The laws of physics, including gravity, should be valid everywhere in the universe, said Ghez, who added that her research team is one of only two groups in the world to watch a star known as S0-2 make a complete orbit in three dimensions around the supermassive black hole at the center of the Milky Way. The full orbit takes 16 years, and the black hole’s mass is about four million times that of the sun.

    The researchers say their work is the most detailed study ever conducted into the supermassive black hole and Einstein’s theory of general relativity.

    The key data in the research were spectra that Ghez’s team analyzed this April, May and September as her “favorite star” made its closest approach to the enormous black hole. Spectra, which Ghez described as the “rainbow of light” from stars, show the intensity of light and offer important information about the star from which the light travels. Spectra also show the composition of the star. These data were combined with measurements Ghez and her team have made over the last 24 years.

    Spectra — collected at the W. M. Keck Observatory in Hawaii using a spectrograph built at UCLA by a team led by colleague James Larkin — provide the third dimension, revealing the star’s motion at a level of precision not previously attained (images of the star the researchers took at the Keck Observatory provide the two other dimensions). Larkin’s instrument takes light from a star and disperses it, similar to the way raindrops disperse light from the sun to create a rainbow, Ghez said.

    “What’s so special about S0-2 is we have its complete orbit in three dimensions,” said Ghez, who holds the Lauren B. Leichtman and Arthur E. Levine Chair in Astrophysics. “That’s what gives us the entry ticket into the tests of general relativity. We asked how gravity behaves near a supermassive black hole and whether Einstein’s theory is telling us the full story. Seeing stars go through their complete orbit provides the first opportunity to test fundamental physics using the motions of these stars.”

    Ghez’s research team was able to see the co-mingling of space and time near the supermassive black hole. “In Newton’s version of gravity, space and time are separate, and do not co-mingle; under Einstein, they get completely co-mingled near a black hole,” she said.

    “Making a measurement of such fundamental importance has required years of patient observing, enabled by state-of-the-art technology,” said Richard Green, director of the National Science Foundation’s division of astronomical sciences. For more than two decades, the division has supported Ghez, along with several of the technical elements critical to the research team’s discovery.

    “Through their rigorous efforts, Ghez and her collaborators have produced a high-significance validation of Einstein’s idea about strong gravity.”

    Keck Observatory Director Hilton Lewis called Ghez “one of our most passionate and tenacious Keck users.” “Her latest groundbreaking research,” he said, “is the culmination of unwavering commitment over the past two decades to unlock the mysteries of the supermassive black hole at the center of our Milky Way galaxy.”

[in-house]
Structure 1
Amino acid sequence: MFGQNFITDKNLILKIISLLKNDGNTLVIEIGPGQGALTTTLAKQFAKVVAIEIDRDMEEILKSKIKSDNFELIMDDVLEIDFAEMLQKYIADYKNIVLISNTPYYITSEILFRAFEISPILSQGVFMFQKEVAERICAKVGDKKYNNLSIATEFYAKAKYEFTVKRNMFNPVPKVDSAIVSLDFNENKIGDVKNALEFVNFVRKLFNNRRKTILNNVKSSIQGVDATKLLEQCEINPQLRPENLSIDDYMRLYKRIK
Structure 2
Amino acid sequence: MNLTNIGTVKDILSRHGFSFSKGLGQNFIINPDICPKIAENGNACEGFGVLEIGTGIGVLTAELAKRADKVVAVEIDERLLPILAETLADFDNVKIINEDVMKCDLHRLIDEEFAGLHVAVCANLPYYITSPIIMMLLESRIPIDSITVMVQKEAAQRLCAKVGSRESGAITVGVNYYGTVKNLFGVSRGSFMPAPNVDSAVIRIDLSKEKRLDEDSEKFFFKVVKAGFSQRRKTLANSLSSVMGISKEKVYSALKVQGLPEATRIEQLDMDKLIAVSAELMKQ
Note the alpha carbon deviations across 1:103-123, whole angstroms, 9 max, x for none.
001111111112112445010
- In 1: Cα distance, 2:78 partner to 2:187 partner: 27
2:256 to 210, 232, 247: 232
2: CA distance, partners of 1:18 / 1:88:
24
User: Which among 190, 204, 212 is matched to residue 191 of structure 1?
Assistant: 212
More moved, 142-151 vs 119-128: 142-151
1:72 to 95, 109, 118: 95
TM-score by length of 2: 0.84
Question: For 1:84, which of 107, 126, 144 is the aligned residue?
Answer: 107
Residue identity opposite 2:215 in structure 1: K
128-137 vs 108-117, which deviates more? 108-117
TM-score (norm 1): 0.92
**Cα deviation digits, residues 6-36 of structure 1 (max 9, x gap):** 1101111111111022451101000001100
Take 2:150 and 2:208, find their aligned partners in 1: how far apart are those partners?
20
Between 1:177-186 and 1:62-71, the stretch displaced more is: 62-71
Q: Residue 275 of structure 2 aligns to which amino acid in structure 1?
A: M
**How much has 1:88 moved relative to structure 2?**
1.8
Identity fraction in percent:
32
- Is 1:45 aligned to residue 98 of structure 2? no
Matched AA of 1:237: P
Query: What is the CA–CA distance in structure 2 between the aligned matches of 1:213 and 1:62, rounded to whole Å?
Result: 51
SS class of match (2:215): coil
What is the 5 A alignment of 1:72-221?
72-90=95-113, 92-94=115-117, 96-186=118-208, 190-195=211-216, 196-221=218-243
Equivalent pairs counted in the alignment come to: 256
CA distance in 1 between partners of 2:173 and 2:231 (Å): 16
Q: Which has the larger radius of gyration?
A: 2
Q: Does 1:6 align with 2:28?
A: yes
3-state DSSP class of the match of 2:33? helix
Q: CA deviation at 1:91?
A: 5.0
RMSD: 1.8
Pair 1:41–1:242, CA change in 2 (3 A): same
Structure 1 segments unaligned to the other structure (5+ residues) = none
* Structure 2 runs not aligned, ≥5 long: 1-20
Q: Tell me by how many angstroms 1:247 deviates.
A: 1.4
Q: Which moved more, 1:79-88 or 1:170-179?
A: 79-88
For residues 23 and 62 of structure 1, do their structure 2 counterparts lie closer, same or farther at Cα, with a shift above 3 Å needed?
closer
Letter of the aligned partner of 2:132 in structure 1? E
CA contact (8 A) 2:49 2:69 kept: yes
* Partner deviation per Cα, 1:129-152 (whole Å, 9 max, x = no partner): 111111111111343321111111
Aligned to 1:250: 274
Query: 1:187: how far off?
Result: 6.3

The researchers studied photons — particles of light — as they traveled from S0-2 to Earth. S0-2 moves around the black hole at blistering speeds of more than 16 million miles per hour at its closest approach. Einstein had reported that in this region close to the black hole, photons have to do extra work. Their wavelength as they leave the star depends not only on how fast the star is moving, but also on how much energy the photons expend to escape the black hole’s powerful gravitational field. Near a black hole, gravity is much stronger than on Earth.

    Ghez was given the opportunity to present partial data last summer, but chose not to so that her team could thoroughly analyze the data first. “We’re learning how gravity works. It’s one of four fundamental forces and the one we have tested the least,” she said. “There are many regions where we just haven’t asked, how does gravity work here? It’s easy to be overconfident and there are many ways to misinterpret the data, many ways that small errors can accumulate into significant mistakes, which is why we did not rush our analysis.”

    2
    An artist visualization of the star S0-2 getting closer to the supermassive black hole at the center of the Milky Way and causing a gravitational redshift that is predicted by Einstein’s General Relativity. By observing this redshift, we can test Einstein’s theory of gravity. Credit: Nicolle R. Fuller, National Science Foundation

    Ghez, a 2008 recipient of the MacArthur “Genius” Fellowship, studies more than 3,000 stars that orbit the supermassive black hole. Hundreds of them are young, she said, in a region where astronomers did not expect to see them.

    It takes 26,000 years for the photons from S0-2 to reach Earth. “We’re so excited, and have been preparing for years to make these measurements,” said Ghez, who directs the UCLA Galactic Center Group. “For us, it’s visceral, it’s now — but it actually happened 26,000 years ago!”

    This is the first of many tests of general relativity Ghez’s research team will conduct on stars near the supermassive black hole. Among the stars that most interest her is S0-102, which has the shortest orbit, taking 11 1/2 years to complete a full orbit around the black hole. Most of the stars Ghez studies have orbits of much longer than a human lifespan.